Federal authorities revealed a stunning securities fraud scheme today that implicated 17 people including an ex-AT&T; Corp. executive and his son, accusing them of illicit stock trading on secret takeover plans of the giant telephone company for more than four years.
Six people were charged in a federal indictment and another two pleaded guilty, the U.S. Attorney’s office in Manhattan said. These eight people and nine others were named in a civil securities fraud action by the Securities and Exchange Commission, the federal agency that polices the financial markets.
AT&T; itself wasn’t charged with any wrongdoing, but the action marked the most aggressive crackdown on securities fraud since the Wall Street scandals of the 1980s takeover heyday that made household names out of Ivan Boesky and Michael Milken.
Officials said the 17-person ring was masterminded by Charles Brumfield, a former AT&T; labor relations manager at the company’s Morristown, N.J., offices, who parlayed secret knowledge of takeover plans by the company into lucrative tips to friends and family to make $2.6 million from stock purchases. The alleged wrongdoers were spread throughout five Eastern states.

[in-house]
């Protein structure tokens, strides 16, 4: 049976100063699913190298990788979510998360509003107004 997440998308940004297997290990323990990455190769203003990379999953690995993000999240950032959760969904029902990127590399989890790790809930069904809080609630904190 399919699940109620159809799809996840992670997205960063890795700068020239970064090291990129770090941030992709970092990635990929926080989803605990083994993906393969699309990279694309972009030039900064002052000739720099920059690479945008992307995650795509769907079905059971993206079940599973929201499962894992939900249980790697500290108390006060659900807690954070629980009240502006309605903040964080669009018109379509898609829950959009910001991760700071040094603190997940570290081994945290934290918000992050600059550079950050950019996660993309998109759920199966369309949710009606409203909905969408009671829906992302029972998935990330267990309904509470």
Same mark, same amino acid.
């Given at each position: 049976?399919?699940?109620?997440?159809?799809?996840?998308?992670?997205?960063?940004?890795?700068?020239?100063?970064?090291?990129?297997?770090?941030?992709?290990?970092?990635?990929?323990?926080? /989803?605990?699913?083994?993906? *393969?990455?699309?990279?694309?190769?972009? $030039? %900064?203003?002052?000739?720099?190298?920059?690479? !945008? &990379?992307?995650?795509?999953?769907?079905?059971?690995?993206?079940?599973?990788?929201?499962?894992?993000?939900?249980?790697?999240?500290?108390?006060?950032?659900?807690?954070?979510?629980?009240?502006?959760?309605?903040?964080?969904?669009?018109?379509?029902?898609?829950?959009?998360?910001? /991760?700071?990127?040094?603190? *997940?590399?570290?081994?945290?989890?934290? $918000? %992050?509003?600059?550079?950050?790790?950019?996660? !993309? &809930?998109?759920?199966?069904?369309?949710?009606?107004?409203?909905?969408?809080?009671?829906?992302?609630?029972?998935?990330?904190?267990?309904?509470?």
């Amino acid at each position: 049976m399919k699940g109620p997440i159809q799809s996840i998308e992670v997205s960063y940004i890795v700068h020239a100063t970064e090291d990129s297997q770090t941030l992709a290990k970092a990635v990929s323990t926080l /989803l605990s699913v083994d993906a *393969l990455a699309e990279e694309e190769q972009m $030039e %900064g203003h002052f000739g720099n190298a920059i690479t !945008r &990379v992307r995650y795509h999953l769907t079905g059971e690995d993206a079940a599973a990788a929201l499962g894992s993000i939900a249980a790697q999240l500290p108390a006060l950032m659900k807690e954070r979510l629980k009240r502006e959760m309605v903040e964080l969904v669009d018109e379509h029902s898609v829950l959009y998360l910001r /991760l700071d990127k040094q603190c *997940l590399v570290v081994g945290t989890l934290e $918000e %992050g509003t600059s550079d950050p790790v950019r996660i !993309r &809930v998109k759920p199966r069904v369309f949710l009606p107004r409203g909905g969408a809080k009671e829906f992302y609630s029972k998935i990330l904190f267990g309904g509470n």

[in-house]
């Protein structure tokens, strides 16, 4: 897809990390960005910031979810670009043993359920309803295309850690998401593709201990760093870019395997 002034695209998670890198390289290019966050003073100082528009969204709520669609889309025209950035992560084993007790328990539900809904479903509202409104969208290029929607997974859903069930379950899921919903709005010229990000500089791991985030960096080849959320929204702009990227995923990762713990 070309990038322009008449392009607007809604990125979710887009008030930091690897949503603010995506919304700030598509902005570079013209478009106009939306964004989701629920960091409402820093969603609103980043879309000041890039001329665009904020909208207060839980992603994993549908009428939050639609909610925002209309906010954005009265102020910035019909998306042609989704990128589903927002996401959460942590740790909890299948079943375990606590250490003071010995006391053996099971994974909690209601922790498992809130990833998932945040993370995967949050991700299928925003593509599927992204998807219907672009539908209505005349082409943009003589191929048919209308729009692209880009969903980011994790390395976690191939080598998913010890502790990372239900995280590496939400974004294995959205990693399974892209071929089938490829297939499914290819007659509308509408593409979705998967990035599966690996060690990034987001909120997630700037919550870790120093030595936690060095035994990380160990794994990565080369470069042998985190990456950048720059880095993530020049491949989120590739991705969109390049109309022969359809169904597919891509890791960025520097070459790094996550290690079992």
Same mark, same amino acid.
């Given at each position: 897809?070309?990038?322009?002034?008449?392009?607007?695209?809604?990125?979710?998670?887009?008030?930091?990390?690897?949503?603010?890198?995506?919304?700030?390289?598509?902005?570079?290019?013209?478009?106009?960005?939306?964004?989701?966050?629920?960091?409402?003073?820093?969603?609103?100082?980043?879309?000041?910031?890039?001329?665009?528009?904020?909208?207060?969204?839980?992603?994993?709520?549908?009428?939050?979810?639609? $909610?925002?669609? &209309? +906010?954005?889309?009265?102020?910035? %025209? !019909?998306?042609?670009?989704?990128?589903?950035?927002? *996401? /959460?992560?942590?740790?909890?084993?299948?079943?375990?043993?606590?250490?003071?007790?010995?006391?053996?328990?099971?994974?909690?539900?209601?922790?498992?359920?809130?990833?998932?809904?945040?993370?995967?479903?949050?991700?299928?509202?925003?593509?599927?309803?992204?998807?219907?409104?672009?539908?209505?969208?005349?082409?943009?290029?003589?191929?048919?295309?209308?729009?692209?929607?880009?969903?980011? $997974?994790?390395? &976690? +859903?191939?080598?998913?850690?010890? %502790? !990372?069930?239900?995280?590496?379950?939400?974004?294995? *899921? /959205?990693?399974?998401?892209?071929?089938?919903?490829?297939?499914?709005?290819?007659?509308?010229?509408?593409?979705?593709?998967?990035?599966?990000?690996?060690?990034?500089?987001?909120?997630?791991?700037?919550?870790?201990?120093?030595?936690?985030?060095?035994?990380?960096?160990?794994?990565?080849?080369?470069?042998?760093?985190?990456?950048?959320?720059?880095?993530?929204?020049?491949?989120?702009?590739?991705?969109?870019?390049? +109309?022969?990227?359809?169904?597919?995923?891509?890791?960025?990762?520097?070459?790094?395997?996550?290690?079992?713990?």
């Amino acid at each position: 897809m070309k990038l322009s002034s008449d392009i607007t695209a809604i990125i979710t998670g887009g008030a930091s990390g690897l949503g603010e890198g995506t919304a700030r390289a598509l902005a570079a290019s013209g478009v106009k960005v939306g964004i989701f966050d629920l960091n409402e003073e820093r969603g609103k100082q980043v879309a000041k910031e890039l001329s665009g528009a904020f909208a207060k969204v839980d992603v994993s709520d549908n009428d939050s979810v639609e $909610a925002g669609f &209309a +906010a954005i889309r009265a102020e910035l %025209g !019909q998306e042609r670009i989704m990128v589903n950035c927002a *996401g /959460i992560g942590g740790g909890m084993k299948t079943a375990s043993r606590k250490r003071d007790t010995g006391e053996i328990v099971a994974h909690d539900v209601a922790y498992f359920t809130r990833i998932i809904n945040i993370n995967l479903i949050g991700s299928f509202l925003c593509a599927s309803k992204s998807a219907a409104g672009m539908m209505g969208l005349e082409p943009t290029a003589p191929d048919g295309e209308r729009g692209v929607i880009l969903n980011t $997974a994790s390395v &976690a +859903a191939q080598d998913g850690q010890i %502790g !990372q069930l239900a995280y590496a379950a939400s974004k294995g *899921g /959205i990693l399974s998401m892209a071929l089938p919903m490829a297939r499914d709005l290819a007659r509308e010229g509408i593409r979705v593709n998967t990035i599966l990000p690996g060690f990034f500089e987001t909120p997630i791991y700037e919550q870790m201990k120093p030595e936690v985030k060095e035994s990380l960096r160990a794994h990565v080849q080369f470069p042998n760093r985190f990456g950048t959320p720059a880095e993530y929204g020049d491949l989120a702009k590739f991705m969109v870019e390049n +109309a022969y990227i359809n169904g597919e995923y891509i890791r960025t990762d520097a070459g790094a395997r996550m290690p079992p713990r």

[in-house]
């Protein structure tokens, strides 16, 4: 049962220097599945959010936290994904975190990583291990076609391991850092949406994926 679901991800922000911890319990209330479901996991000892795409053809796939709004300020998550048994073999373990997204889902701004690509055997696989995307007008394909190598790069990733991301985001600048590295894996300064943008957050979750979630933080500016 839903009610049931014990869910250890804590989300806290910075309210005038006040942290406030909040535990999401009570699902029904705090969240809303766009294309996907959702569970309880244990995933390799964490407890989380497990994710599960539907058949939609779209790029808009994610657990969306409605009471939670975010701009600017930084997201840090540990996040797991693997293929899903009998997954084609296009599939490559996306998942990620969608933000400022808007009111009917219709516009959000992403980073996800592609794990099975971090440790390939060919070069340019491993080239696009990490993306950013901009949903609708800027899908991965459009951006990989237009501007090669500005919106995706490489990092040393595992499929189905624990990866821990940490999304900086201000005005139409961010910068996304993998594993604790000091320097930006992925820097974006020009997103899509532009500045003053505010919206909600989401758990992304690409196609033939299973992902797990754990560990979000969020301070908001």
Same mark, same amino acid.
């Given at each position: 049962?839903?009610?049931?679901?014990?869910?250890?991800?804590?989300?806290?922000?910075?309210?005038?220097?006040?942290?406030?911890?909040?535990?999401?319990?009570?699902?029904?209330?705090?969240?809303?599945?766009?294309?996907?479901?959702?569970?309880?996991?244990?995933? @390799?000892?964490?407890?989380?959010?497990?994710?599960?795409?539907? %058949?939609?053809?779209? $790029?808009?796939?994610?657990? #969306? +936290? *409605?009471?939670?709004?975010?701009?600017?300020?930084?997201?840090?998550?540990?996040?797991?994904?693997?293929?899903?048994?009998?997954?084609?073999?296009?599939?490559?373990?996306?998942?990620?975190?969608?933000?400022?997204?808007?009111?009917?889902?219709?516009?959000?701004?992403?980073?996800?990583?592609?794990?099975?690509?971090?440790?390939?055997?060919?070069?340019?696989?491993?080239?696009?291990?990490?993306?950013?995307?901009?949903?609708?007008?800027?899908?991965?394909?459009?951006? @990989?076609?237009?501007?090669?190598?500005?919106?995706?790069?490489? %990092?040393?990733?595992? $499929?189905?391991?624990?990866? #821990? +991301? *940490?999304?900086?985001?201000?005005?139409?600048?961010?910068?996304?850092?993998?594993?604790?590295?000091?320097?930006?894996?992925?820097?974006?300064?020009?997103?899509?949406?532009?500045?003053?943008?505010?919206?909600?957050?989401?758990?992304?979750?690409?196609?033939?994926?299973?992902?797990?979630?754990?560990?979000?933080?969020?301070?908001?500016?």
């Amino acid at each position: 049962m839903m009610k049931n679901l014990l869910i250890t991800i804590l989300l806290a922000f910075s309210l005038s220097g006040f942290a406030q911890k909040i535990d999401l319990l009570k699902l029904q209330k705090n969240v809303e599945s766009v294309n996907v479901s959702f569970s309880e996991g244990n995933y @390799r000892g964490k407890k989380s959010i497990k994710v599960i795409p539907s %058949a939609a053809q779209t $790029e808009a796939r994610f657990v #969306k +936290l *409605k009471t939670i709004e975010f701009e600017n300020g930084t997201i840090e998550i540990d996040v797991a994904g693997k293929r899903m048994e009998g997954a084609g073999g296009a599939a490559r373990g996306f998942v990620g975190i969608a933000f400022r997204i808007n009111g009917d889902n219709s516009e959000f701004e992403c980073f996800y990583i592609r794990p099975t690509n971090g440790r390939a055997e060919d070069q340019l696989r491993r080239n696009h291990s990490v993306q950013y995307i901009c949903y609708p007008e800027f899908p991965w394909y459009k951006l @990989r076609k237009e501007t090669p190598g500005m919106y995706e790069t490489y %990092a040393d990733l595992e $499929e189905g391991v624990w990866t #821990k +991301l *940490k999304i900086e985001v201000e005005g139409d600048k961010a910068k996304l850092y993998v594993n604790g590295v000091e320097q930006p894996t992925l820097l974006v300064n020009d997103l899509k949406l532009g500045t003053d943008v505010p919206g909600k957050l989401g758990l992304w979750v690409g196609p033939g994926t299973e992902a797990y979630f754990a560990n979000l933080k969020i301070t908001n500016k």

Federal law prohibits this practice, known as insider trading, which proliferated during the 1980s era of takeovers that frequently drove up the stock prices of target companies.
Six defendants were charged with conspiracy to commit securities fraud, fraud in connection with takeover offers, wire fraud and obstruction in connection with AT&T;’s takeover plans between December 1988 and last year.
The companies targeted were Paradyne, NCR Corp., Digital Microwave Corp. and Teradata Corp.
The defendants were identified as Joseph Cusimano, William Mylett, Robert Flanagan, Thomas Flanagan, Albert Brody and Robert Allen. Allen is unrelated to AT&T;’s chairman, Robert E. Allen.